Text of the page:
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Israel's Dilemma

IDF Air strikes may have wiped out 50% of Hezbollah's capability, but the rockets keep spreading death and destruction

Should Israel launch a major ground invasion into Lebanon in order to halt the Hezbollah rocketing of its population centers. This is the dilemma now facing the Israeli government.

Former DM Mofaz

Former Defense Minister Shaul Mofaz says Israeli air strikes may have wiped out 50% of Hezbollah's capability, but the rockets keep spreading death and destruction. If Iran and Syria supplied over 11,000 rockets over the past six years it will take more than several weeks to knock them out. Meanwhile, the Hezbollah fighters estimated at ten-thousand, show no sign of breaking despite the Israeli pounding. Some military experts argue that the only way to disrupt the Hezbollah command and control network is by a major ground operation. They note that it took NATO air power more than eight weeks to compel the Serbian forces to evacuate Kosovo and that Israel does not have that much time.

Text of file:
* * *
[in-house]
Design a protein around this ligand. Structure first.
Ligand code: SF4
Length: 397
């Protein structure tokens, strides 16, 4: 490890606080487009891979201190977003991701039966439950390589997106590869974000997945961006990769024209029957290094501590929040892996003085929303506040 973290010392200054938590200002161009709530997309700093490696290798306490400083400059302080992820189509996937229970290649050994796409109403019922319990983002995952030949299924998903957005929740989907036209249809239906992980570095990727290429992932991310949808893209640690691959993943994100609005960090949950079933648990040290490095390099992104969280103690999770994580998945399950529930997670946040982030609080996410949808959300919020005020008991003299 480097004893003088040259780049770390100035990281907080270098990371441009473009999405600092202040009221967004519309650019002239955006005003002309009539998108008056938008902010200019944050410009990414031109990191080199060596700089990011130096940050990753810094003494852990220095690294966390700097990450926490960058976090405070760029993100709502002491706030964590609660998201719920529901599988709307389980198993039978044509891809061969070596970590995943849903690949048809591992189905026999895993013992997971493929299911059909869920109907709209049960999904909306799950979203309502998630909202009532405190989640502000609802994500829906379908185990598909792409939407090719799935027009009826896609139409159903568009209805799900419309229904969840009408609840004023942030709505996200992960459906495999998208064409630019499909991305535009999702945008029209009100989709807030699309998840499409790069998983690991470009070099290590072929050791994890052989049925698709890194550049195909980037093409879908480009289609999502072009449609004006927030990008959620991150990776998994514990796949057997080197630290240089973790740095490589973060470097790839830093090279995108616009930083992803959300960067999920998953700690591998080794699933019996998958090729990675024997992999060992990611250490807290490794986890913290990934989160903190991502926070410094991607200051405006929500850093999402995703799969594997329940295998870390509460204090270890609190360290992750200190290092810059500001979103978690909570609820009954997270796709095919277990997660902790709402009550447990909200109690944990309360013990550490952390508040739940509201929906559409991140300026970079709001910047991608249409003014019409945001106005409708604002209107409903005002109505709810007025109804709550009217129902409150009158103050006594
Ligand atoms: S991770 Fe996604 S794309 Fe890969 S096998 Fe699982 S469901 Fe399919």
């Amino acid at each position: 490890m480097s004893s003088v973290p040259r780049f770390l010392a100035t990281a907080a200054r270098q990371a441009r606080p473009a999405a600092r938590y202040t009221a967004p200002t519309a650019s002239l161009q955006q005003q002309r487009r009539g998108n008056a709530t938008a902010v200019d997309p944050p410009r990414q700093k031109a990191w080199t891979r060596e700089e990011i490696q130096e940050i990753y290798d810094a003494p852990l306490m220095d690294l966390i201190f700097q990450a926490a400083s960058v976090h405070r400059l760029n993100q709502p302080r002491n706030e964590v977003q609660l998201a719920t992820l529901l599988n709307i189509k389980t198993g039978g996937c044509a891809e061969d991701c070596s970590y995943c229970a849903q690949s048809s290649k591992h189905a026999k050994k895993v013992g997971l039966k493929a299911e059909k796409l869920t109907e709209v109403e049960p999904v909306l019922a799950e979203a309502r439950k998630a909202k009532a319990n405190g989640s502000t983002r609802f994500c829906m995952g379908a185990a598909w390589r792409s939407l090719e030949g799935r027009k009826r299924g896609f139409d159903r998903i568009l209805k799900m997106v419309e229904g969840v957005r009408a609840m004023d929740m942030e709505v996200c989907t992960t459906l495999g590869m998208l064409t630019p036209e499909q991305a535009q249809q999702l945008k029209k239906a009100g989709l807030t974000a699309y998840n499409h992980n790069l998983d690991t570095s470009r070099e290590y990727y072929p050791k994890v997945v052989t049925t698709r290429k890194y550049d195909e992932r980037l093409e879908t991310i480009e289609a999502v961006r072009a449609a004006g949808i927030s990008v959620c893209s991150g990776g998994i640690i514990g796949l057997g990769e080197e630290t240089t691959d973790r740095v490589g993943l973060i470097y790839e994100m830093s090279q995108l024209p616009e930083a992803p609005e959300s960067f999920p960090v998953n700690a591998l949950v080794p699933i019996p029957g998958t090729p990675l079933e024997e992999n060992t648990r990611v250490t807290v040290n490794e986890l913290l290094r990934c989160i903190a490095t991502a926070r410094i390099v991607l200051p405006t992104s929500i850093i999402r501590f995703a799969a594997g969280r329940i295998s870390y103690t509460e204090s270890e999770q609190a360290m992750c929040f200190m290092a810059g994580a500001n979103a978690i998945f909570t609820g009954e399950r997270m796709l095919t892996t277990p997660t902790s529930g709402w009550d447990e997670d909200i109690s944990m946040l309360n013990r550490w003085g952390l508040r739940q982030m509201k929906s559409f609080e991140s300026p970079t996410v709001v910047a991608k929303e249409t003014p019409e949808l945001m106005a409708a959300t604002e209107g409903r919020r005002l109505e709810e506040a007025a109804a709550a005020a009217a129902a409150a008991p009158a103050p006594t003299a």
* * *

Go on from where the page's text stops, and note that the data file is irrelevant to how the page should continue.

Israel Radio reports from Washington that the U.S. has called on Israel to halt hitting Lebanese infrastructure and that Israel is complying. But sending in ground forces will mean heavy casualties. Hezbollah leader Sheik Nasrallah has even dared Israel to do so. Hezbollah has had years to plant mines and tank ambushes and fighting inside urban territory is always costly in casualties. So, going in on the ground will get the job done more quickly but Israel will pay in blood. The IDF has been conducting special-forces operations to hit Katyusha rockets squads and identify but even these limited attacks can run into an ambush. Case in point yesterday two soldiers were killed and another nine wounded when an IDF force walked into an ambush in south Lebanon yesterday near Avivim. Defense Minister Amir Peretz has said that all options are open.

David Essing

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